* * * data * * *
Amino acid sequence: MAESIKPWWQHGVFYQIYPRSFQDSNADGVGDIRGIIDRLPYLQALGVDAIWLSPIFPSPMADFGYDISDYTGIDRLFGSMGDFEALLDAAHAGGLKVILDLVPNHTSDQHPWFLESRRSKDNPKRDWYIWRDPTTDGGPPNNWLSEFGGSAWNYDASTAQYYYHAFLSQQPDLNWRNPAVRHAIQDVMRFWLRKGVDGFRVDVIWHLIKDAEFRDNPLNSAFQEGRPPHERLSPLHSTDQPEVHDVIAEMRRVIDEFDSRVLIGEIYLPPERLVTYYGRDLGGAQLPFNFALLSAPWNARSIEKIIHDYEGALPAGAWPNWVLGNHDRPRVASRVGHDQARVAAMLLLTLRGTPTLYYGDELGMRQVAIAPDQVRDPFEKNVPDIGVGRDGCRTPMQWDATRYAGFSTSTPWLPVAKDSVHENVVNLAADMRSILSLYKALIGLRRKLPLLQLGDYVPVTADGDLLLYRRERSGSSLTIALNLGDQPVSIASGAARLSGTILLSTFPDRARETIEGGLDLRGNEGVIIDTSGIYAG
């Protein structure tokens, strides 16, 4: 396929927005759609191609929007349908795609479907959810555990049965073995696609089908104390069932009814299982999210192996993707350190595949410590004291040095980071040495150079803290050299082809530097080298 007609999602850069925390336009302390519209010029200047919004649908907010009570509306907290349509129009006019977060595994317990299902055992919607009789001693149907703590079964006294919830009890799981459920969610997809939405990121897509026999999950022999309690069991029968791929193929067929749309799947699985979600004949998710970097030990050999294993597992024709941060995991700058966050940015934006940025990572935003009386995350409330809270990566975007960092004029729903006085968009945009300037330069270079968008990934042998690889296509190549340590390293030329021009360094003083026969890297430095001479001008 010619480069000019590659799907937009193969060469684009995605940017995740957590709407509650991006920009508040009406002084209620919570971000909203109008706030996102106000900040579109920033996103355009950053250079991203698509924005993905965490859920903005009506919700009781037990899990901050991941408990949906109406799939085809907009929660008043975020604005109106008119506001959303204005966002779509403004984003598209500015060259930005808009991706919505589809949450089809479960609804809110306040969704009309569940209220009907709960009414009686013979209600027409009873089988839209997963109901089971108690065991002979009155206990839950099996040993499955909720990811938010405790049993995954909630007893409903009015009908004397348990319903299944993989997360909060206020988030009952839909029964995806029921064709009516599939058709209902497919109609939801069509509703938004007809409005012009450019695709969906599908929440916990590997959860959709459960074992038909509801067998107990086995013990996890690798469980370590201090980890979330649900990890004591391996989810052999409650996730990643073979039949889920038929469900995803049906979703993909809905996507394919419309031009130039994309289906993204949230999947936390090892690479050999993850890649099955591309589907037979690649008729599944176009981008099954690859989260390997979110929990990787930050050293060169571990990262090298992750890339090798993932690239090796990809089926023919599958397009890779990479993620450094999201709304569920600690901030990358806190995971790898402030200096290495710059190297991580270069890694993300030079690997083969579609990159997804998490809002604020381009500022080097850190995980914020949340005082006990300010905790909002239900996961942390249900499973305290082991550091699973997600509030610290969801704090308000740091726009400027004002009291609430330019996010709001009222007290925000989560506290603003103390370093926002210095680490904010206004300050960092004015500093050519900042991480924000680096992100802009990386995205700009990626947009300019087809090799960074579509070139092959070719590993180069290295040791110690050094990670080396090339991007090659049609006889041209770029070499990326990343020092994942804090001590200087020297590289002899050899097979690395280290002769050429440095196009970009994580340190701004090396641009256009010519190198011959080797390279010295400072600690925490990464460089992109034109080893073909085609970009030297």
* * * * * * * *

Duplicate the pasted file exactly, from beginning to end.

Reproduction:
Amino acid sequence: MAESIKPWWQHGVFYQIYPRSFQDSNADGVGDIRGIIDRLPYLQALGVDAIWLSPIFPSPMADFGYDISDYTGIDRLFGSMGDFEALLDAAHAGGLKVILDLVPNHTSDQHPWFLESRRSKDNPKRDWYIWRDPTTDGGPPNNWLSEFGGSAWNYDASTAQYYYHAFLSQQPDLNWRNPAVRHAIQDVMRFWLRKGVDGFRVDVIWHLIKDAEFRDNPLNSAFQEGRPPHERLSPLHSTDQPEVHDVIAEMRRVIDEFDSRVLIGEIYLPPERLVTYYGRDLGGAQLPFNFALLSAPWNARSIEKIIHDYEGALPAGAWPNWVLGNHDRPRVASRVGHDQARVAAMLLLTLRGTPTLYYGDELGMRQVAIAPDQVRDPFEKNVPDIGVGRDGCRTPMQWDATRYAGFSTSTPWLPVAKDSVHENVVNLAADMRSILSLYKALIGLRRKLPLLQLGDYVPVTADGDLLLYRRERSGSSLTIALNLGDQPVSIASGAARLSGTILLSTFPDRARETIEGGLDLRGNEGVIIDTSGIYAG
């Protein structure tokens, strides 16, 4: 396929927005759609191609929007349908795609479907959810555990049965073995696609089908104390069932009814299982999210192996993707350190595949410590004291040095980071040495150079803290050299082809530097080298 007609999602850069925390336009302390519209010029200047919004649908907010009570509306907290349509129009006019977060595994317990299902055992919607009789001693149907703590079964006294919830009890799981459920969610997809939405990121897509026999999950022999309690069991029968791929193929067929749309799947699985979600004949998710970097030990050999294993597992024709941060995991700058966050940015934006940025990572935003009386995350409330809270990566975007960092004029729903006085968009945009300037330069270079968008990934042998690889296509190549340590390293030329021009360094003083026969890297430095001479001008 010619480069000019590659799907937009193969060469684009995605940017995740957590709407509650991006920009508040009406002084209620919570971000909203109008706030996102106000900040579109920033996103355009950053250079991203698509924005993905965490859920903005009506919700009781037990899990901050991941408990949906109406799939085809907009929660008043975020604005109106008119506001959303204005966002779509403004984003598209500015060259930005808009991706919505589809949450089809479960609804809110306040969704009309569940209220009907709960009414009686013979209600027409009873089988839209997963109901089971108690065991002979009155206990839950099996040993499955909720990811938010405790049993995954909630007893409903009015009908004397348990319903299944993989997360909060206020988030009952839909029964995806029921064709009516599939058709209902497919109609939801069509509703938004007809409005012009450019695709969906599908929440916990590997959860959709459960074992038909509801067998107990086995013990996890690798469980370590201090980890979330649900990890004591391996989810052999409650996730990643073979039949889920038929469900995803049906979703993909809905996507394919419309031009130039994309289906993204949230999947936390090892690479050999993850890649099955591309589907037979690649008729599944176009981008099954690859989260390997979110929990990787930050050293060169571990990262090298992750890339090798993932690239090796990809089926023919599958397009890779990479993620450094999201709304569920600690901030990358806190995971790898402030200096290495710059190297991580270069890694993300030079690997083969579609990159997804998490809002604020381009500022080097850190995980914020949340005082006990300010905790909002239900996961942390249900499973305290082991550091699973997600509030610290969801704090308000740091726009400027004002009291609430330019996010709001009222007290925000989560506290603003103390370093926002210095680490904010206004300050960092004015500093050519900042991480924000680096992100802009990386995205700009990626947009300019087809090799960074579509070139092959070719590993180069290295040791110690050094990670080396090339991007090659049609006889041209770029070499990326990343020092994942804090001590200087020297590289002899050899097979690395280290002769050429440095196009970009994580340190701004090396641009256009010519190198011959080797390279010295400072600690925490990464460089992109034109080893073909085609970009030297």